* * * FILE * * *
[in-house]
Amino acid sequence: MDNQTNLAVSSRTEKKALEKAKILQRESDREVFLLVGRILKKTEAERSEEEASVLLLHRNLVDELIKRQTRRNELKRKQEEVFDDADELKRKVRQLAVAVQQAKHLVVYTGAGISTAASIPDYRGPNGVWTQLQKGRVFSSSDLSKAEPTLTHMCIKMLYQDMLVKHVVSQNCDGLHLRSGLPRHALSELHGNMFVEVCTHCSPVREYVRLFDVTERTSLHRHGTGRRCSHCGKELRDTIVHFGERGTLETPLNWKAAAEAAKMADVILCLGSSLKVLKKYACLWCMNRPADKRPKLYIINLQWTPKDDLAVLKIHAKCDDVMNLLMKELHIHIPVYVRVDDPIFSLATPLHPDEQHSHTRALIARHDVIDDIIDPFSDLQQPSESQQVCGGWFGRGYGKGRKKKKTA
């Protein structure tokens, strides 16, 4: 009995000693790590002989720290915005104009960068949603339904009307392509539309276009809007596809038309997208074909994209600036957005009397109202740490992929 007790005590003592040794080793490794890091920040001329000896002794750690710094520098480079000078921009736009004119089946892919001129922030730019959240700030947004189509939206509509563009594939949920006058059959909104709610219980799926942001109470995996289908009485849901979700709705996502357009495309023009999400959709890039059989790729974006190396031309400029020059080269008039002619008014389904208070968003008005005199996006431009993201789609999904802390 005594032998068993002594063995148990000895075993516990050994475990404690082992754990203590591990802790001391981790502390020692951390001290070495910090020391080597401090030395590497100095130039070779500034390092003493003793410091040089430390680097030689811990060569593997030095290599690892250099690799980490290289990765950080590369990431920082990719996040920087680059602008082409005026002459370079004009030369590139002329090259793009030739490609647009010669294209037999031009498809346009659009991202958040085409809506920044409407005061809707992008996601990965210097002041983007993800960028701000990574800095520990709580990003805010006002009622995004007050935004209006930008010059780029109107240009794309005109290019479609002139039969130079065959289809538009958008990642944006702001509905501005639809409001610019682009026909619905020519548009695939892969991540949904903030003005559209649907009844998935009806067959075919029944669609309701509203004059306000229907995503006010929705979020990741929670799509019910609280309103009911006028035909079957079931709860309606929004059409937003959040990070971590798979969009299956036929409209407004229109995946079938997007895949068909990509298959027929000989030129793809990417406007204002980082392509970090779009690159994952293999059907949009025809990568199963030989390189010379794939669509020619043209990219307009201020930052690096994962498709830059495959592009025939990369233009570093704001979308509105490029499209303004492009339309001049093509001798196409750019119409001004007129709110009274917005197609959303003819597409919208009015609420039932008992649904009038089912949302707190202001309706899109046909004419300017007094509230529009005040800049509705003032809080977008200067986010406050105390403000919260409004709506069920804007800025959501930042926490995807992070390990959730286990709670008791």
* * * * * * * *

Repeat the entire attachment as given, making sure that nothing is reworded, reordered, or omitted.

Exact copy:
[in-house]
Amino acid sequence: MDNQTNLAVSSRTEKKALEKAKILQRESDREVFLLVGRILKKTEAERSEEEASVLLLHRNLVDELIKRQTRRNELKRKQEEVFDDADELKRKVRQLAVAVQQAKHLVVYTGAGISTAASIPDYRGPNGVWTQLQKGRVFSSSDLSKAEPTLTHMCIKMLYQDMLVKHVVSQNCDGLHLRSGLPRHALSELHGNMFVEVCTHCSPVREYVRLFDVTERTSLHRHGTGRRCSHCGKELRDTIVHFGERGTLETPLNWKAAAEAAKMADVILCLGSSLKVLKKYACLWCMNRPADKRPKLYIINLQWTPKDDLAVLKIHAKCDDVMNLLMKELHIHIPVYVRVDDPIFSLATPLHPDEQHSHTRALIARHDVIDDIIDPFSDLQQPSESQQVCGGWFGRGYGKGRKKKKTA
């Protein structure tokens, strides 16, 4: 009995000693790590002989720290915005104009960068949603339904009307392509539309276009809007596809038309997208074909994209600036957005009397109202740490992929 007790005590003592040794080793490794890091920040001329000896002794750690710094520098480079000078921009736009004119089946892919001129922030730019959240700030947004189509939206509509563009594939949920006058059959909104709610219980799926942001109470995996289908009485849901979700709705996502357009495309023009999400959709890039059989790729974006190396031309400029020059080269008039002619008014389904208070968003008005005199996006431009993201789609999904802390 005594032998068993002594063995148990000895075993516990050994475990404690082992754990203590591990802790001391981790502390020692951390001290070495910090020391080597401090030395590497100095130039070779500034390092003493003793410091040089430390680097030689811990060569593997030095290599690892250099690799980490290289990765950080590369990431920082990719996040920087680059602008082409005026002459370079004009030369590139002329090259793009030739490609647009010669294209037999031009498809346009659009991202958040085409809506920044409407005061809707992008996601990965210097002041983007993800960028701000990574800095520990709580990003805010006002009622995004007050935004209006930008010059780029109107240009794309005109290019479609002139039969130079065959289809538009958008990642944006702001509905501005639809409001610019682009026909619905020519548009695939892969991540949904903030003005559209649907009844998935009806067959075919029944669609309701509203004059306000229907995503006010929705979020990741929670799509019910609280309103009911006028035909079957079931709860309606929004059409937003959040990070971590798979969009299956036929409209407004229109995946079938997007895949068909990509298959027929000989030129793809990417406007204002980082392509970090779009690159994952293999059907949009025809990568199963030989390189010379794939669509020619043209990219307009201020930052690096994962498709830059495959592009025939990369233009570093704001979308509105490029499209303004492009339309001049093509001798196409750019119409001004007129709110009274917005197609959303003819597409919208009015609420039932008992649904009038089912949302707190202001309706899109046909004419300017007094509230529009005040800049509705003032809080977008200067986010406050105390403000919260409004709506069920804007800025959501930042926490995807992070390990959730286990709670008791």